20th of September this year marks not only my birthday but also the end of a week that featured 3 referenda from various parts of the world and the the biggest ever IPO in the history of the capital markets. Viewing it all from the beautiful city of Seattle means I am somewhat detached from it all but it doesn’t stop you from wondering about the behaviour of herds.
First up in this global display of the joys of democratic expression was in the Melanesian paradise of Fiji, a state which has had more coups than a flock of pigeons, and which was having its first election since Commodore Frank Bainimarama seized power in the most recent coup in 2006. The voting papers featured the candidates as numbers, Frank triumphed with 60% of the votes, and the regional powers of Australia and New Zealand wondered if their sanctions and rhetoric over the last 8 years had actually counted for anything. The Fijians themselves seem happy.
A day later saw the Scottish referendum on “independence” (actually on voiding the treaty on formation of the union with England and Wales) which – despite considerable hysteria in the final week leading up to the vote – was voted down 55 to 45. This was a huge win for the Scots as they have got concessions from Westminster leading up to the vote that gives them independence in all but name but also leaves them squarely in the United Kingdom with all the population base and tax revenue that that entails.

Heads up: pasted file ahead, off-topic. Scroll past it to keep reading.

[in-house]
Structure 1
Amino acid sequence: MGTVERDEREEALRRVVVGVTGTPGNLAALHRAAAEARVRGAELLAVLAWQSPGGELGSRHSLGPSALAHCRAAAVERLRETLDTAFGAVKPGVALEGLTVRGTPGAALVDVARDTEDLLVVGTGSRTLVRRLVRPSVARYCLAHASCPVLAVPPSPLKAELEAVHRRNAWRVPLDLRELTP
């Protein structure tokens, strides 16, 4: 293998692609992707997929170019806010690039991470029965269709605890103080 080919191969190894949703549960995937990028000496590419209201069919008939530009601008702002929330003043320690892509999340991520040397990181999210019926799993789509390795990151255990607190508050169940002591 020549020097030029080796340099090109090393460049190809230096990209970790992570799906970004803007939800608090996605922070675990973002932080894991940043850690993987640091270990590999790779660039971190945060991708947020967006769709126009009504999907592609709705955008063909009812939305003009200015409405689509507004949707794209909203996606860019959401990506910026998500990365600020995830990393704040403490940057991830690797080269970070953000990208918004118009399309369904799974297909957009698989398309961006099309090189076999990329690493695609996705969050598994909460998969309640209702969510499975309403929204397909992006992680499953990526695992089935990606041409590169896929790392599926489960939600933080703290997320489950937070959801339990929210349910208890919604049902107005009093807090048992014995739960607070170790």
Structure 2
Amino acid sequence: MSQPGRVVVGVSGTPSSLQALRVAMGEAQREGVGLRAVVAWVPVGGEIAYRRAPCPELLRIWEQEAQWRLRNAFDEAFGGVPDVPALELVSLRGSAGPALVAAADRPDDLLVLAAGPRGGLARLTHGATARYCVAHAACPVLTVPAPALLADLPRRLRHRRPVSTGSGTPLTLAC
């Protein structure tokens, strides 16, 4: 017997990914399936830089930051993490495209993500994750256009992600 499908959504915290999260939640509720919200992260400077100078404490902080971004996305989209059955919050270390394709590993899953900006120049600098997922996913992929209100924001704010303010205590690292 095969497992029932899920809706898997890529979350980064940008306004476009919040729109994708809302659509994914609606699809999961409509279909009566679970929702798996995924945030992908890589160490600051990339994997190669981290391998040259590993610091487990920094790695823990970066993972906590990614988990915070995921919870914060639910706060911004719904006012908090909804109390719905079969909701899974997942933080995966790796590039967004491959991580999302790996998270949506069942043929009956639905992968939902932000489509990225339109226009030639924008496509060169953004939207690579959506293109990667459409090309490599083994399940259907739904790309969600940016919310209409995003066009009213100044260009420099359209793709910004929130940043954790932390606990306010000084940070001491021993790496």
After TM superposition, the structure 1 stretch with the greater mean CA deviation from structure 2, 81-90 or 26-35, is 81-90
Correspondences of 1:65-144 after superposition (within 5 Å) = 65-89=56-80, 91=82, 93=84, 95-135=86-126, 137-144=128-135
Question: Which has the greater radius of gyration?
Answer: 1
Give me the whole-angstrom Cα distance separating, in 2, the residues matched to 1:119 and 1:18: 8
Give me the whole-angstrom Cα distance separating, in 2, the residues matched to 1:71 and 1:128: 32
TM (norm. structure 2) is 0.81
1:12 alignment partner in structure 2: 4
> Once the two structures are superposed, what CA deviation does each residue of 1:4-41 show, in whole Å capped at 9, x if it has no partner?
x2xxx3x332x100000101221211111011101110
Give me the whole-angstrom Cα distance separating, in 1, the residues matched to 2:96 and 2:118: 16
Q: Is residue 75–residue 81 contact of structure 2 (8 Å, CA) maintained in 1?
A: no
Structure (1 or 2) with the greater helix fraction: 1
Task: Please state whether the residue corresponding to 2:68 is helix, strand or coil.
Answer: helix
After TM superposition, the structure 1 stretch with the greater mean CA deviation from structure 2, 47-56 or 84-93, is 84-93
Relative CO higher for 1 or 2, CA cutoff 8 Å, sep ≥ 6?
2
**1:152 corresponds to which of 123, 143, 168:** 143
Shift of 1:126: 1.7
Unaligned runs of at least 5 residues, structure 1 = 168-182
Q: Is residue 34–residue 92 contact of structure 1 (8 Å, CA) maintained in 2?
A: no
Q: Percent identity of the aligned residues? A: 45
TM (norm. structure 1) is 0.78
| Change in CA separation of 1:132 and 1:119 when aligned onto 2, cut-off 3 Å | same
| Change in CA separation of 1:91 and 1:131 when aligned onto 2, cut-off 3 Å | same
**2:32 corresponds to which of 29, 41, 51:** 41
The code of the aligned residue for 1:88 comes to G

Yesterday, in the quarter acre pavlova paradise that is New Zealand, we saw the unprecedented sight of a single party winning an outright majority in an MMP electoral environment. While this may turnover after special votes are counted it is an extraordinary performance, especially for a government seeking a third term. Clearly the voters are happy with the (rather dull) centrist policies of National and have voted based on their most recent perceptions of calmness and stability.
In amongst these plebiscites was the IPO of Ali Baba, the Chinese internet conglomerate, on Thursday. This was as close to a riot as it is possible to get in the mad world of sell side share trading and may go down in finance folklore as the ultimate example of irrational exuberance. The IPO offer price and number of shares to be offered were upped three times before $26B worth of shares were sold at a price of $68 each (initially, expectations were at the high $30s/low $40s) with trading opening at $92.70, a 38% premium to that. Many fund managers and professional investors stayed away [ludicrous valuation, suspicions of dubious trading in items such as counterfeits, etc] yet the public voted with their feet (and wallets) determined not to miss out on the “next big thing”.
So what do these 4 events have in common? They are all remarkable examples of not just herd thinking but – more importantly – of the biggest danger to analysis by voters/investors/any groups of common purpose and that is the extrapolation of a current condition out into the future, a condition known as “recency bias”. It is usually associated with extreme feelings of either euphoria or dysphoria and are decisions that are therefore not generally based on sensible analysis. Time will be the judge on how these events are seen.